x Abu Dhabi, UAEThursday 18 January 2018

Arguments that Concacaf should lose World Cup places are misguided

Numbers show North American teams do more on average with their World Cup berths than their Asian and African counterparts

Andre Ayew, No 10, of Ghana shoots and scores past John Brooks and Fabian Johnson of the United States during their 2014 Fifa World Cup Group G match at Estadio das Dunas on June 16, 2014, in Natal, Brazil. Robert Cianflone / Getty Images
Andre Ayew, No 10, of Ghana shoots and scores past John Brooks and Fabian Johnson of the United States during their 2014 Fifa World Cup Group G match at Estadio das Dunas on June 16, 2014, in Natal, Brazil. Robert Cianflone / Getty Images

Even in a format as compressed as the World Cup group stage, one round of matches is too soon to make any definitive judgements.

North America can rightly feel proud of the performance their region has put forth thus far. Even with Honduras unsurprisingly looking overmatched against France, opening victories for Costa Rica, the United States and Mexico represent a good return on Concacaf’s four World Cup places.

That perception could change, of course, as most of those sides still have their most difficult matches ahead of them. Costa Rica provided the tournament’s first upset by beating fancied Uruguay 3-1, but now they take on European heavyweights Italy and England. Having dramatically dispatched bogey side Ghana 2-1, the US steps up in competition with matches against Portugal and Germany.

Mexico are well-place to make the last 16 after beating Cameroon 1-0 and holding hosts Brazil to a 0-0 draw. Honduras, meanwhile, have the chance to make amends for their display against France with more manageable fixtures against Ecuador and Switzerland.

However, there seems to be a persistent current of sentiment, particularly among European pundits, that Concacaf is over-represented by having three-and-a-half World Cup bids. The “correct” number of places for Concacaf and who should receive those bids instead varies, but the overall message is that other regions are more deserving of places at international football’s biggest table.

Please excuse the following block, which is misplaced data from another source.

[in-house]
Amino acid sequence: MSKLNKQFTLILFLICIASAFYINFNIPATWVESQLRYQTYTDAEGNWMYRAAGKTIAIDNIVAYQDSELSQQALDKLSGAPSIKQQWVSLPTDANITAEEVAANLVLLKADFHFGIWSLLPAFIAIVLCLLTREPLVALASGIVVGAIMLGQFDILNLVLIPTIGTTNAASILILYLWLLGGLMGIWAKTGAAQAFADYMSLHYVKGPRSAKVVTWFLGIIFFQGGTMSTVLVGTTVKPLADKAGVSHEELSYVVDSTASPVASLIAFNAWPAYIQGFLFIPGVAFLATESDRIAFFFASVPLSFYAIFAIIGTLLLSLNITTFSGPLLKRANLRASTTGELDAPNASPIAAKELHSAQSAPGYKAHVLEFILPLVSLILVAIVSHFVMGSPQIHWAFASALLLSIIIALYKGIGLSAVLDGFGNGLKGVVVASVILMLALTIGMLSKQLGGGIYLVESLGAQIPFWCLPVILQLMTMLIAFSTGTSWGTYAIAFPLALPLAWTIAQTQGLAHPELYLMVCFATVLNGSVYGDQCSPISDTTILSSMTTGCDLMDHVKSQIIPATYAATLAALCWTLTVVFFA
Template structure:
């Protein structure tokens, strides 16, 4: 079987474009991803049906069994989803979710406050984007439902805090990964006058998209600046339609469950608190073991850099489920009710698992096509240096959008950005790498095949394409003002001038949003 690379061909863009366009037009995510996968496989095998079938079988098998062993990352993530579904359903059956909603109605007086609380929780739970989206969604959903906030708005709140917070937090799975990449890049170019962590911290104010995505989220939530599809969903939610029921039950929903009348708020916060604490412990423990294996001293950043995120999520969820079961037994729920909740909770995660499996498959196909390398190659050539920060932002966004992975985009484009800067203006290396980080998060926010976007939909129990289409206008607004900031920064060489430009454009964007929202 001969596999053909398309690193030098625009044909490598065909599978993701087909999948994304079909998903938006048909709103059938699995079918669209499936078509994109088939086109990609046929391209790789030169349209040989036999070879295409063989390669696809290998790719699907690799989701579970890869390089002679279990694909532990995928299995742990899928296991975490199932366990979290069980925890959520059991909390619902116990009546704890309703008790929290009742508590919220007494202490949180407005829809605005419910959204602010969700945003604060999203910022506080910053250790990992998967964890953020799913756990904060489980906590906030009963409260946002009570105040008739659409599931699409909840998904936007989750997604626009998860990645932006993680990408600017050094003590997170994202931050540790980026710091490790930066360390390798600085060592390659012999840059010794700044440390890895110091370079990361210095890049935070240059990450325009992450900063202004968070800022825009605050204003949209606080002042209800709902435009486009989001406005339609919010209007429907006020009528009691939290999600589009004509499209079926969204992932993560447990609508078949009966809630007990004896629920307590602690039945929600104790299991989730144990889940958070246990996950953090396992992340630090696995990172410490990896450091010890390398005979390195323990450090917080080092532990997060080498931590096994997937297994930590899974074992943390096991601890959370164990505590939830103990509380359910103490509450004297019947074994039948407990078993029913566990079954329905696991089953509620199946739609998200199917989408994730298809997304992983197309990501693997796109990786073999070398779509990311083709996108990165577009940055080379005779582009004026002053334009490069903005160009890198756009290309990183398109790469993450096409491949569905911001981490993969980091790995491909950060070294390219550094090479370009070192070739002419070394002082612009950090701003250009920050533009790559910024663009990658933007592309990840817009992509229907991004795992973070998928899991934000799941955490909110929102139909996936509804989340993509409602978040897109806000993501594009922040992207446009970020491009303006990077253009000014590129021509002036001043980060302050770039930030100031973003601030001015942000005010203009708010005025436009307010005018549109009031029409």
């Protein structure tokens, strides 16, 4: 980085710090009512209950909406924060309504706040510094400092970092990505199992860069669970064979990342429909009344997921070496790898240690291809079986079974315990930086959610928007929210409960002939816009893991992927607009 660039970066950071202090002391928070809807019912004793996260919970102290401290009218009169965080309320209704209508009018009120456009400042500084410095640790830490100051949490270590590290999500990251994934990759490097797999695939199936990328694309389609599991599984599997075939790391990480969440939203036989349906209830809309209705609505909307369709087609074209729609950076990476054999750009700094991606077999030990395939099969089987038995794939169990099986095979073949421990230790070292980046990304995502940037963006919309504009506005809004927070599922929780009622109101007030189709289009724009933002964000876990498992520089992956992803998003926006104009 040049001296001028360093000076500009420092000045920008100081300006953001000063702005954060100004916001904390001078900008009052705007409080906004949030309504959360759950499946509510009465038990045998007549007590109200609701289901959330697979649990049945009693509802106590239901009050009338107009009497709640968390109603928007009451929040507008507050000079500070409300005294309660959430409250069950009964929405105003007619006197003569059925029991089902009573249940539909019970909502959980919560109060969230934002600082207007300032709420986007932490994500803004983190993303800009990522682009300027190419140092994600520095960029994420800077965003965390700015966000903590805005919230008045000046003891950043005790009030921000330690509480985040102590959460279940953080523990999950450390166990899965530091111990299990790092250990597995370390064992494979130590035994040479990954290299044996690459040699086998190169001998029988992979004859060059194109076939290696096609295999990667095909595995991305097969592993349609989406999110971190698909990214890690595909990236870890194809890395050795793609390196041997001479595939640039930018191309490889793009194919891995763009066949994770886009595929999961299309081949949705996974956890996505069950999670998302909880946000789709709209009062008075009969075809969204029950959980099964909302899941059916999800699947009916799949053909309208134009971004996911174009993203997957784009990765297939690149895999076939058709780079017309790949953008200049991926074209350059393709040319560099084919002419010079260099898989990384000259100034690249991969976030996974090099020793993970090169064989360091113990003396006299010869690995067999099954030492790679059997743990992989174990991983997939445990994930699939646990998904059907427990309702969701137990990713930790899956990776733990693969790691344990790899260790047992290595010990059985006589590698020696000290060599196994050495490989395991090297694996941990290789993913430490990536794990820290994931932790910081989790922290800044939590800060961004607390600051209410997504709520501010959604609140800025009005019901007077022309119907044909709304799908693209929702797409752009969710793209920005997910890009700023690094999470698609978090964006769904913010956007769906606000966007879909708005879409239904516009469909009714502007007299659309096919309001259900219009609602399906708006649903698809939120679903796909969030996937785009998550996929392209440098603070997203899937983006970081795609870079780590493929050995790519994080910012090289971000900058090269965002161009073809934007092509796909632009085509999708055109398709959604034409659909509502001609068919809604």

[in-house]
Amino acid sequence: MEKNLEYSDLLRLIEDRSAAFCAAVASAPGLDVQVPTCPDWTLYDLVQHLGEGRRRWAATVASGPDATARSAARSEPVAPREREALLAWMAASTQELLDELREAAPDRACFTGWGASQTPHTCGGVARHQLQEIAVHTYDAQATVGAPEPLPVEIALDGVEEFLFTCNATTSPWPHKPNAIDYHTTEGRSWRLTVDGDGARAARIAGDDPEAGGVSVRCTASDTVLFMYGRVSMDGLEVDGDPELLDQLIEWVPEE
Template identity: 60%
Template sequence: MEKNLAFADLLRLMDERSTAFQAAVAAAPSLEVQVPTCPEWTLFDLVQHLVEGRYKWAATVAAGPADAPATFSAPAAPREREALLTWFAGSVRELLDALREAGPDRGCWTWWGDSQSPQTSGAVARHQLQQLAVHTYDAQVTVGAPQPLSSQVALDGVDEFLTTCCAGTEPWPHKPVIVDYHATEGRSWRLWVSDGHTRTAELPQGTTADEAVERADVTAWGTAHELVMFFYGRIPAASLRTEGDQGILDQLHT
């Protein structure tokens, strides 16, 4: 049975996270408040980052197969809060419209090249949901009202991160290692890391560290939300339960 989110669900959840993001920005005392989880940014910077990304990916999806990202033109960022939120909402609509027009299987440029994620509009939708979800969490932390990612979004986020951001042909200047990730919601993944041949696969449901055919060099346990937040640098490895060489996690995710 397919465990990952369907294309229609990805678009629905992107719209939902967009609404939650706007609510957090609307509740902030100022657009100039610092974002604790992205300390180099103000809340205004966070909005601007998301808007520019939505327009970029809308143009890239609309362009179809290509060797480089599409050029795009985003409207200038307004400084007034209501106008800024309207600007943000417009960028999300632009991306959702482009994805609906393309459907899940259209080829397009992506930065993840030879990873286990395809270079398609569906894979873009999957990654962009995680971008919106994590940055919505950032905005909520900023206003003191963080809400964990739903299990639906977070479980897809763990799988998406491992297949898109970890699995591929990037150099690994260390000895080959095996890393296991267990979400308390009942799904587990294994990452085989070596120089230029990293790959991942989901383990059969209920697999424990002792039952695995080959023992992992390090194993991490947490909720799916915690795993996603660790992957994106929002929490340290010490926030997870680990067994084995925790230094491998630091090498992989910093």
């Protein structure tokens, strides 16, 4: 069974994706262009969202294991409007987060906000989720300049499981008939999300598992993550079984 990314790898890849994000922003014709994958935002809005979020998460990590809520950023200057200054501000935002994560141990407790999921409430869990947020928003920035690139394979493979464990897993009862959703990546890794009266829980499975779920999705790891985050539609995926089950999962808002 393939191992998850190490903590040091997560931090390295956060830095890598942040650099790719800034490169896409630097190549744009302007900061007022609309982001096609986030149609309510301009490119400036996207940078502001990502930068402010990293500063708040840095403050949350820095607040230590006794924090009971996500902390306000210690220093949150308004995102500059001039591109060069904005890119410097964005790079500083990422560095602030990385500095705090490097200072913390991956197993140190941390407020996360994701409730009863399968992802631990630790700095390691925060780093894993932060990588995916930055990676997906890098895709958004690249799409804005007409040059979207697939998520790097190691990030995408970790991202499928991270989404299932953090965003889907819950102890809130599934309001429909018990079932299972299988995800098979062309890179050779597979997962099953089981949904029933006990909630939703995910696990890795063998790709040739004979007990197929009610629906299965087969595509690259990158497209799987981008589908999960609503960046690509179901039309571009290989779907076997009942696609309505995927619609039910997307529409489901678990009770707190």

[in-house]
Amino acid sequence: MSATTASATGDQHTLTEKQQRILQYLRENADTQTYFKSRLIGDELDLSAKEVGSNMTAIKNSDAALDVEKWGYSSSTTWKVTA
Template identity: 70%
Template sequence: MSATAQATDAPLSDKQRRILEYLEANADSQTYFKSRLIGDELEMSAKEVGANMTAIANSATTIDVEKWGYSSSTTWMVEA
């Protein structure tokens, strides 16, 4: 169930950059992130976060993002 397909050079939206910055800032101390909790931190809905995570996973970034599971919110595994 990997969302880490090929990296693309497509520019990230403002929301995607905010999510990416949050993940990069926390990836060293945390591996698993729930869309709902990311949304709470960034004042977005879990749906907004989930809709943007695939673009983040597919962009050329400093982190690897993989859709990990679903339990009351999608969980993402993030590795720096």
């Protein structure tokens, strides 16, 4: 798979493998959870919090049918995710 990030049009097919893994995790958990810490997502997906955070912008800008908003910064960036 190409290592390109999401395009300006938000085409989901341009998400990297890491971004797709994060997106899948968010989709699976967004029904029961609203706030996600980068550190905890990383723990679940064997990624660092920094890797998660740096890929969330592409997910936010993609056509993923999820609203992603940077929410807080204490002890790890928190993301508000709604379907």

These arguments tend to take one of two forms. There are qualitative arguments – for example, claims that the standard of football in Concacaf is of insufficient quality to merit that many bids – and quantitative arguments – that the performances of Concacaf teams at World Cups do not merit having as many as four places in the tournament.

Qualitative arguments are difficult to judge as definitions of quality can vary wildly from person to person. Are the likes of Ecuador or Bosnia-Herzegovina better than the United States or South Korea simply because they play in regions considered to be more difficult? How do pundits justify such an assertion?

Perhaps the only objective measure is performance in World Cups. One obvious metric, even allowing for the vagaries of the draw, is number of teams in the knockout rounds. Since the World Cup expanded to 32 teams in 1998, Concacaf has advanced six teams out of the group stage – Mexico four times, the United States twice – compared to four by both Asia (Japan twice, South Korea twice) and Africa (Ghana twice, Nigeria once and Senegal once). Africa has two quarter-finalists (Senegal and Ghana) compared to one each for Concacaf (United States) and Asia (South Korea), and South Korea hold pride of place outside of Europe and South America with their 2002 run to the semi-finals.

That does not quite provide the entire picture, though, as making it out of the group stage is a tall order. Consider that for all its success in the latter stages of the World Cup, European teams make the last 16 at a rate barely better than 60 per cent. Perhaps looking at average points per place – the return each region receives for its World Cup berths – can provide a more comprehensive look. Total up the number of points earned by each team from each region in each tournament from 1998 onwards and divide that by the number of World Cup berths. Bad draws will bite every now and then, but that should average out across several tournaments.

First, it is important to identify the outlier. Oceania has had two teams reach the World Cup in this time frame, Australia (four points, round of 16) in 2006 and New Zealand (three points) in 2010. The region is averaging 3.5 points per place during the last two World Cups. Does anyone want to argue Oceania deserves more places, especially with Australia now playing in Asia?

Here is the breakdown of each region’s points in each World Cup group stage (averages rounded to the nearest hundredth):


Asia: Saudi Arabia 1 point, South Korea 1, Iran 3, Japan 0. Total points: 5. Points per place: 1.25.

Africa: Morocco 4, Cameroon 2, South Africa 2, Nigeria 6, Tunisia 1. Total: 15. PPP: 3.